Tuesday, March 11, 2014

So what do I do exactly?

So what do you do exactly? I get that question often! So today I am going to try to give a little overview of what I do. There can be a little confusion when a client request a certain outcome of a product and it ends up being something I don’t produce. Some examples being- resizing current prints (Digital), or tiny typesetting for invitations (Letterpress), or just very personal customization like changing names or images.
Here to clear a little of that up:  I am a Linocut Block Printer. I hand sketch, then hand carve that sketch with tools into a block, and then hand print the image using ink and pressure. Once the image is carved very little can be changed. Also, it can take days or weeks just to carve one block. I started block printing to be able to produce something handmade but could be reproduced a number of times.

Make any sense? Here is a longer more detailed version:

Block Printing is one of the oldest types of printmaking that originated in Asia. The origin of this style began with wood but can also be made with linoleum (linocut), Styrofoam or other mediums. What is printmaking you ask? Printmaking in general is creating “master plate” from which multiple images are made with the use of ink and pressure.

There are four our main types of printmaking.  Some may be familiar some not so much. Examples:
-Relief ("raised surface" Ink stays on top of plate. Such as Woodcut, Linocut, and Letterpress)
-Intaglio ("cut surface" Ink goes down inside of plate. Such as Etching)
-Planography ("flat surface" Ink stays level on the plate. Such as Lithography stone and metal using the reaction of grease vs. water)
-Serigraphy ("block-out surface" Ink is sectioned off in the plate. Such as Silkscreen/Screenprinting)

Linocut printing is a technique for producing patterns by means of carving a design into a type of block. The raised part (part left un-carved) is coated with ink and then able to print the design on fabric or paper. Images that are printed with this technique are typically much bolder than other types of printmaking. Since the blocks are carved by hand, there is often less detail and more texture to the prints. Typically block printing is done by hand, so the ink sits on the surface adding a raised texture to the paper unlike in letterpress, where it is typically indented into the paper with a press.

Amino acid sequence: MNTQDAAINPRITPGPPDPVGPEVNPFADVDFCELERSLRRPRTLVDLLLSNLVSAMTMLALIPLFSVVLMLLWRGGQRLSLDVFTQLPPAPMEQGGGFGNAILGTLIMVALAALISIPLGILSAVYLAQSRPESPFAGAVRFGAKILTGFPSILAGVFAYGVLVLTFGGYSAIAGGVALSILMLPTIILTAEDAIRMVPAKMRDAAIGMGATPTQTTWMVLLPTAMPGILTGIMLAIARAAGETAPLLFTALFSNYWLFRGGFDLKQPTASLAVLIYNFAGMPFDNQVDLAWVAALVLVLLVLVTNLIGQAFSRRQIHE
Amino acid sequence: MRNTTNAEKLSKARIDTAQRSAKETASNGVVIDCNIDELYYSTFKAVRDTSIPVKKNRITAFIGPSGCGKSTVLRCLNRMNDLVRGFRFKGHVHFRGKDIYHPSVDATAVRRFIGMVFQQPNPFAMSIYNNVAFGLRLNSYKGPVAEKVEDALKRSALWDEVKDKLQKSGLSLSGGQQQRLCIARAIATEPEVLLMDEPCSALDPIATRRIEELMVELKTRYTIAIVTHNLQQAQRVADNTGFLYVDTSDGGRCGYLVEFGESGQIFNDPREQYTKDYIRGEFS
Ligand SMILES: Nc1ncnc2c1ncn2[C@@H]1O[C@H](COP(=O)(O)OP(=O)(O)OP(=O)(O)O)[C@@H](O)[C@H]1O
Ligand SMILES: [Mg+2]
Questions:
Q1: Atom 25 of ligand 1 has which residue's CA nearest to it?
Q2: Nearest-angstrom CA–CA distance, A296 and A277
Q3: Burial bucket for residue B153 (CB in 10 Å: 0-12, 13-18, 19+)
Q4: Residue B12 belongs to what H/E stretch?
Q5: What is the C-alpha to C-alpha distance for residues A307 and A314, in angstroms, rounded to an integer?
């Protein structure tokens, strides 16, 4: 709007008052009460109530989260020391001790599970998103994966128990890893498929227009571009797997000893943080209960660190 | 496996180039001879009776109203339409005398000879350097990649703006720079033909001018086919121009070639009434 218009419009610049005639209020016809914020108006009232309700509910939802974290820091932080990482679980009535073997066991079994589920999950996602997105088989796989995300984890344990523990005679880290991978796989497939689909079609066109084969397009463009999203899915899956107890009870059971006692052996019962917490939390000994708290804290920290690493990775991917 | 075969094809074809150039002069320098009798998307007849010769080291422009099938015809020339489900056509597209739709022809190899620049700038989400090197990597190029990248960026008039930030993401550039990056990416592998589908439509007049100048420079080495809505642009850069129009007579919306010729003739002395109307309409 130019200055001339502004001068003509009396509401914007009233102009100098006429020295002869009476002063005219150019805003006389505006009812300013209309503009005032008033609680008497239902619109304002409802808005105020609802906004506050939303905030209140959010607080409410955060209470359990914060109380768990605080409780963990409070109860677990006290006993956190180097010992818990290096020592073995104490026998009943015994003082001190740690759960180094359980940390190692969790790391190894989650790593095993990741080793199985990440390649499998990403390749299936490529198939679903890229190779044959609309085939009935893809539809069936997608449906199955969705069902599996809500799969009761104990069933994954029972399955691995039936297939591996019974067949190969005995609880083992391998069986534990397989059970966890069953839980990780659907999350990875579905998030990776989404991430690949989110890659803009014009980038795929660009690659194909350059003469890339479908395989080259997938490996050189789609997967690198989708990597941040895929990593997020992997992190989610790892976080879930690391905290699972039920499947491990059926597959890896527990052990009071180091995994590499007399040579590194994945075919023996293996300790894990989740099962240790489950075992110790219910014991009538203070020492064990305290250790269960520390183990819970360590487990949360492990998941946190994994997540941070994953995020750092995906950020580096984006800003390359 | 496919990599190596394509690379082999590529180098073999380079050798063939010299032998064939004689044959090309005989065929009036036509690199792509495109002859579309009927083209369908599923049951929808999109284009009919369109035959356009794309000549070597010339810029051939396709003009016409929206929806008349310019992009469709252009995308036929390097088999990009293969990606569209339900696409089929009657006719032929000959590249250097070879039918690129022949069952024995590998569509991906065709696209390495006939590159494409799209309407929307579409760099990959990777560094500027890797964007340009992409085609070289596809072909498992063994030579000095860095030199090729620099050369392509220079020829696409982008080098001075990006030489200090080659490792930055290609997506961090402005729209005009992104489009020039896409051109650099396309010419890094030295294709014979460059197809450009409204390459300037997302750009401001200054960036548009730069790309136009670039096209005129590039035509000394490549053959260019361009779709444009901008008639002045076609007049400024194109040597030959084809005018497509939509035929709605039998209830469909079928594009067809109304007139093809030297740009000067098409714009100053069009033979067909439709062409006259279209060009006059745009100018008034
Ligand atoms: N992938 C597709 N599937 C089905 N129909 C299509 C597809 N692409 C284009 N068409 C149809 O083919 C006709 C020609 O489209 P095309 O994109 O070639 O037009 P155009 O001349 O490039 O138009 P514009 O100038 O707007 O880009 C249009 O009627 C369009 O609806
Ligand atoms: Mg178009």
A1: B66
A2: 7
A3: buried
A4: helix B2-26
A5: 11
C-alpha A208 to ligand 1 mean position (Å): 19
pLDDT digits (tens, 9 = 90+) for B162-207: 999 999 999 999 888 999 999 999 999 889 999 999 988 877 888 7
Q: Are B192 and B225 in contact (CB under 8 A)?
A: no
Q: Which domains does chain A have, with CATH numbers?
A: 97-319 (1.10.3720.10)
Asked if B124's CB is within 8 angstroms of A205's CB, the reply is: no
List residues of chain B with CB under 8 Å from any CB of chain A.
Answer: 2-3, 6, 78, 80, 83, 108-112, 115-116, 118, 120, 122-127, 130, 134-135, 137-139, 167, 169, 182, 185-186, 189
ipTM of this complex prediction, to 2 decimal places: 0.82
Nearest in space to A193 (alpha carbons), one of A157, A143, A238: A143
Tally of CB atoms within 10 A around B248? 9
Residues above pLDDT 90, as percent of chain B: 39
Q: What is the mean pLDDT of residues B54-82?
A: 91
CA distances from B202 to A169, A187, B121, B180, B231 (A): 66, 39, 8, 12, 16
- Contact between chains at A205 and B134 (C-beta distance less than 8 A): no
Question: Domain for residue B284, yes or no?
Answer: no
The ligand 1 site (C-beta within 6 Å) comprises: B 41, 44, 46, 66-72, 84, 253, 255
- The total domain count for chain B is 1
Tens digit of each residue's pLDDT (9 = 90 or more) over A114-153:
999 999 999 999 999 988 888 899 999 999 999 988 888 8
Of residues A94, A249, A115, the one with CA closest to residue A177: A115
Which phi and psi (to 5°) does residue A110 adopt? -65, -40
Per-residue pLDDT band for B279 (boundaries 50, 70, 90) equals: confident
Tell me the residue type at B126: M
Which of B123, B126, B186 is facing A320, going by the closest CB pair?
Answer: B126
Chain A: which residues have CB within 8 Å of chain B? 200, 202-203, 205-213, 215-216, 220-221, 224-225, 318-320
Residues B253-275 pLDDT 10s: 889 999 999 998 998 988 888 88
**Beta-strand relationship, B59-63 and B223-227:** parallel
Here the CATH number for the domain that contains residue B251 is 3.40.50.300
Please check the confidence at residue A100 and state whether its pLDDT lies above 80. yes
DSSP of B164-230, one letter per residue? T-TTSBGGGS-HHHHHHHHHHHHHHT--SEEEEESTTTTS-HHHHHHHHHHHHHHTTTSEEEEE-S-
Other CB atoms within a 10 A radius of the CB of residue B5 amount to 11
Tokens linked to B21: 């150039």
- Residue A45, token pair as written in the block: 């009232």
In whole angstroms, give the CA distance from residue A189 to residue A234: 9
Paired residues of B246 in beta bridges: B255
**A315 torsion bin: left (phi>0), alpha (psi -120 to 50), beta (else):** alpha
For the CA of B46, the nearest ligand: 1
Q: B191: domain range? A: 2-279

Block printing is one of the easiest forms of printing to try if you are interested. A press isn’t needed and most supplies are easy to find.

Everyone varies in technique but here are the basics:

1. DESIGN: Starting with a sketch then transfer sketch unto a block. The printed image will be the reverse of what is on the block.
2. CUT: Using various tools made for carving, carve away the parts that will be the without ink Producing positive and negative space.
3. INK: Ink is rolled out with a brayer making a thin sheet of ink on a surface such as glass, and then spread onto the block. The ink will stick to the parts that were un-carved.
4. PRESS: Taking a piece of paper and laying it carefully on top of the block and pressing with a barren or a preferred tool such as a wooden spoon to transfer ink onto the paper.

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